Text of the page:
- The Washington Times - Sunday, August 11, 2002

On Tuesday, Metropolitan Police Chief Charles Ramsey joined residents and other D.C. officials to celebrate the 19th annual National Night Out, which is designed to bring together law-enforcement officers and the ordinary people they protect. The timing couldn't have been better, because these two groups of people appear to be strangers to one another.
Moments before the celebration, the chief spoke with us about his plans, some of which are already being implemented, to curb the city's burgeoning homicide rate. "As of today," the chief said late Tuesday afternoon, "we have 143 compared to 108 [homicides]," a 32 percent increase. Violent crime is down, he said, but "homicide is really holding us up." He then explained that the usual suspects drugs and gang-related violence were involved in 30 percent of this year's homicides. That, however, covers less than one-third of the killings. What about the majority of the homicides? What is the chief doing to make sure the city loses the moniker, murder capital?
In short, not enough. The chief is quickly back-pedalling, redeploying about 100 non-patrol officers to the streets and even ginning up a sort of summer vice squad, hoping to reduce prostitution, homicide and robbery. He and his commanders are also holding "daily crime briefings" to review gun-related and other violent crimes, and to try to determine several things, including whether any new crime patterns have emerged or old crimes might be solved. The value of these efforts remain in doubt.
Chief Ramsey volunteered that one of the highest hurdles facing his officers is solving violent crimes in general and homicides in particular. Potential witnesses are tight-lipped. The chief cited three specific cases the Chandra Levy killing, a dispute between a Southeast gang and a Northwest gang, and a shooting that left five wounded in Southeast. In each instance, he said, witnesses have said they saw no evil, heard no evil and, therefore, will speak no evil of the possible perpetrators. Officers "can't get witnesses to come forward," Chief Ramsey said. "Somebody's got to know something."
Those "somebody's" do know "something." However, the rule of law on the streets dictates and community policing 101 surely has proven that it's not always what you know before you 'fess up, but who you know.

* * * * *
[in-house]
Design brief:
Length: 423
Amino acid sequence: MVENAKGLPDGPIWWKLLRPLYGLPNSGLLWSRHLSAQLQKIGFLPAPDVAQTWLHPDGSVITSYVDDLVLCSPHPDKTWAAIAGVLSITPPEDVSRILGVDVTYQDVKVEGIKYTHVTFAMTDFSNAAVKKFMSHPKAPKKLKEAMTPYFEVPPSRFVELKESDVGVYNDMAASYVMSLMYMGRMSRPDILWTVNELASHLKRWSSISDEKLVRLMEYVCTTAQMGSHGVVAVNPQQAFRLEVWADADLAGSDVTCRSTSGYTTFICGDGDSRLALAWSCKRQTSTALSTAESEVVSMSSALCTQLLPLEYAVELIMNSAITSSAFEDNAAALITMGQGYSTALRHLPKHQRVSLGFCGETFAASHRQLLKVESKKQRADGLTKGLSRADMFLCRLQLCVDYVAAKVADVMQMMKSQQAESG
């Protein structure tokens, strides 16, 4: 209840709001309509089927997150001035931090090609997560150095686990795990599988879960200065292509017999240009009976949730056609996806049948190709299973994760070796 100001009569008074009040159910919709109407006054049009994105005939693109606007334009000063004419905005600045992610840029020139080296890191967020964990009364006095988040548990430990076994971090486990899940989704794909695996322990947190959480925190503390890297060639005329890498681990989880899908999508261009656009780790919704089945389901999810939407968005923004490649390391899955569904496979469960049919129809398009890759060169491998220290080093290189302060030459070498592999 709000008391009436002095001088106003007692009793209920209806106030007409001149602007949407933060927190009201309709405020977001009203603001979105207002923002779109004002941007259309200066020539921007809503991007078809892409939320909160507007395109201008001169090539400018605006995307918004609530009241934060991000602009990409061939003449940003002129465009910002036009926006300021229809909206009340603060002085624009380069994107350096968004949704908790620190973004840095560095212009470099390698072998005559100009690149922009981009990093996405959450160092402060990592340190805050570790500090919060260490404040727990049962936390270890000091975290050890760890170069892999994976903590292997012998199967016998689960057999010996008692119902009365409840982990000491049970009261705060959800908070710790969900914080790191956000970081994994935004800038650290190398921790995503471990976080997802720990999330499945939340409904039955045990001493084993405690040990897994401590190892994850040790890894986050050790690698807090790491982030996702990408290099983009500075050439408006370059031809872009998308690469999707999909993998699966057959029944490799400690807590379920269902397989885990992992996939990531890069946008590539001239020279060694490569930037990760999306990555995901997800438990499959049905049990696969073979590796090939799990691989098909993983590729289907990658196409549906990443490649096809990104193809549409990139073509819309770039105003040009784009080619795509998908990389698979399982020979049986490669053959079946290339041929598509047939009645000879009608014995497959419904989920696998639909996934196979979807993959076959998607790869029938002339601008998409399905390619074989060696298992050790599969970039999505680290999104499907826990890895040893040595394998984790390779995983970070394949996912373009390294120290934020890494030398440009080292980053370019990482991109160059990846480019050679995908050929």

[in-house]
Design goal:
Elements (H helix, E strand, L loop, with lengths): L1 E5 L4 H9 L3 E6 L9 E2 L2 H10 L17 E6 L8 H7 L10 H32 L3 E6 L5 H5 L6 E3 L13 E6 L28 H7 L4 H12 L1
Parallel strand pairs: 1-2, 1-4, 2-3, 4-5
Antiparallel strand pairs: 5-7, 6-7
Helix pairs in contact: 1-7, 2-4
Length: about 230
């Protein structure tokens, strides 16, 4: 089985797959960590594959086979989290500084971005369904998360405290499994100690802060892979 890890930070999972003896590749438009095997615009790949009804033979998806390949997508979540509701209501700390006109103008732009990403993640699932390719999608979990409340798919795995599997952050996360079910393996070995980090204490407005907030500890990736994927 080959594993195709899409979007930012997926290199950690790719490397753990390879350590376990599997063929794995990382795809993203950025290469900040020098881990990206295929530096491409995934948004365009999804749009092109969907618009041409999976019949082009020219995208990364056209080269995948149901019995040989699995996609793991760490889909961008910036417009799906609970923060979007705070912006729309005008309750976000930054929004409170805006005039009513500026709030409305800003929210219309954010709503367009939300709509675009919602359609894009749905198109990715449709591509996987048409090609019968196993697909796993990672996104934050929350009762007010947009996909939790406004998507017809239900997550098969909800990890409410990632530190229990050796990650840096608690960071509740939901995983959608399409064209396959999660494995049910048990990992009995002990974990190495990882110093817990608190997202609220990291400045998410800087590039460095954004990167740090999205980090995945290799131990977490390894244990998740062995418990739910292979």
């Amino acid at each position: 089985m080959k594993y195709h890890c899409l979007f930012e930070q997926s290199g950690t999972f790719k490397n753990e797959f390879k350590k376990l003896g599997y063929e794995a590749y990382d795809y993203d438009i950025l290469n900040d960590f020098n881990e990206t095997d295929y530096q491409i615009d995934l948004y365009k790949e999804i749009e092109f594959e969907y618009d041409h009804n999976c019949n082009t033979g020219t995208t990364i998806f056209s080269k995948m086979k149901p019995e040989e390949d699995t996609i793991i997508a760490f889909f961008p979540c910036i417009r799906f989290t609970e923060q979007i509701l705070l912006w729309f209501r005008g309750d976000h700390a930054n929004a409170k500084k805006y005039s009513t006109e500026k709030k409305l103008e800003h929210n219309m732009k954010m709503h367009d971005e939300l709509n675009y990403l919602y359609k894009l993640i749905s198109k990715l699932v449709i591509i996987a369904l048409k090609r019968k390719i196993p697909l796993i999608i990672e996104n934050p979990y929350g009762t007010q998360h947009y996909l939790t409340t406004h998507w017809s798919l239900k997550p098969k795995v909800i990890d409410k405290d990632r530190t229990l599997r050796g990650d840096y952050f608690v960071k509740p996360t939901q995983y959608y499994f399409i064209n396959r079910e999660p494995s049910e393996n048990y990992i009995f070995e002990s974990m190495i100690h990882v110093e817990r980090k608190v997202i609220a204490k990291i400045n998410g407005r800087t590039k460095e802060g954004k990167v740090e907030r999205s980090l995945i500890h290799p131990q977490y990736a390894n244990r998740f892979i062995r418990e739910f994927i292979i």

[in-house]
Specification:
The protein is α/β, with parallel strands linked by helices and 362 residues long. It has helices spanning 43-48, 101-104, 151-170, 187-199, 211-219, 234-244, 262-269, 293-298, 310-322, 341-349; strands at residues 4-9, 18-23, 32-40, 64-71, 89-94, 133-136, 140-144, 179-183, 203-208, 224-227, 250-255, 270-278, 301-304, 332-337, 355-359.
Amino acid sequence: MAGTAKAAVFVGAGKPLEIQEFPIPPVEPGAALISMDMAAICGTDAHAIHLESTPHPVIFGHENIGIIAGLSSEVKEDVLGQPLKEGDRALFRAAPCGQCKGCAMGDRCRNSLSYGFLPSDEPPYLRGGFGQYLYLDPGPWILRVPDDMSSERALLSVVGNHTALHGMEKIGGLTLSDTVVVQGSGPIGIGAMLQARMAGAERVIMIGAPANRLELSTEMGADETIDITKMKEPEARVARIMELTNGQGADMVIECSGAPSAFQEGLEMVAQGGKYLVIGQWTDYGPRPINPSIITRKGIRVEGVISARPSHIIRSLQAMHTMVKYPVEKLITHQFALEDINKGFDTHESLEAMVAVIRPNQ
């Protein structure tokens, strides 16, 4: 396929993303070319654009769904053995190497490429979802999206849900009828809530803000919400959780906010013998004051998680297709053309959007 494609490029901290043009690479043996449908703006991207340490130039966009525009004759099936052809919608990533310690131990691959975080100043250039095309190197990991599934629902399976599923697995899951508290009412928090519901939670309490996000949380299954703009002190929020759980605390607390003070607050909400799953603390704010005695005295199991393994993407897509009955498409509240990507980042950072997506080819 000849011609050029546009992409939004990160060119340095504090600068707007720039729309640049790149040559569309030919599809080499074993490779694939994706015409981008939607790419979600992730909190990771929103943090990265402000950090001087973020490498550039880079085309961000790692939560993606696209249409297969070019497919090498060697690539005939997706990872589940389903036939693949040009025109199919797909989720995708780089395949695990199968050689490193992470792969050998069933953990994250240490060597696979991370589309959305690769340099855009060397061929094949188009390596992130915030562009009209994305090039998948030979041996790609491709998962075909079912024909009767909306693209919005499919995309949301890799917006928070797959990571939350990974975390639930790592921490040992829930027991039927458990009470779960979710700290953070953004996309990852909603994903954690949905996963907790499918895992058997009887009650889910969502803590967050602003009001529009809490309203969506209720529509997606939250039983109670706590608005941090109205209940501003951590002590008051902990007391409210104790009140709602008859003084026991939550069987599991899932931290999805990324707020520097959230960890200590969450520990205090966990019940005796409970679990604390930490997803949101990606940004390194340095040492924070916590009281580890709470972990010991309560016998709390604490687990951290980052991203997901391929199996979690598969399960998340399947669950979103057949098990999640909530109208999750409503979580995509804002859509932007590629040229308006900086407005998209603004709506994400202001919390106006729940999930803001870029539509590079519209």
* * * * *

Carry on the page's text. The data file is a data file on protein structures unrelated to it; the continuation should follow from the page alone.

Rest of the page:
Along those lines, Chief Ramsey must ask his officers to come forward and answer some tough questions: Do they know the ins and outs of their districts? Do they know the people who live there, and the businesses that set up shop there? Do they have the rapport crucial to crime prevention? Or, do they roll the streets in their cruisers and, after the fact, try to piece together who shot John and why?
Today, unlike the 1990s, the vast majority of the city's homicides is not related to drugs and turf wars. They are retaliatory or domestic in nature. Tough, but not impossible, cases to solve. The chief knows that. And, while the chief made a smart move by identifying and beefing-up patrols in so-called hot spots, where drugs are openly sold and nefarious creatures routinely congregate, that will not solve the two highly publicized problems that have marred his three-year tenure: unsolved murders and the rise in homicides.
Interestingly, the chief said he has enough officers (3,610) and enough detectives (11 percent of the force vs. the national rate of 10 percent). He didn't complain about being underfunded, poor work environs for his officers, or about poor training programs. Nor did he say his officers had inadequate equipment or shortage of toilet paper (a huge problem two chiefs ago). Yet, his department has trouble preventing crime and solving crime.
Indeed, a suspicious eye is cast the chief's way because his plan is wholly reactionary. Where have he and his commanders been all summer? Don't they read The Washington Times or The Washington Post, both of which have been reporting, albeit often in briefs, about a body found over here, a triple shooting over there? These shootings and fatalities are not mere statistics to be catalogued for monthly reports or daily briefings. These are human lives, and they deserve more attention from Chief Ramsey's Metropolitan Police Department not just after the 911 call is made.

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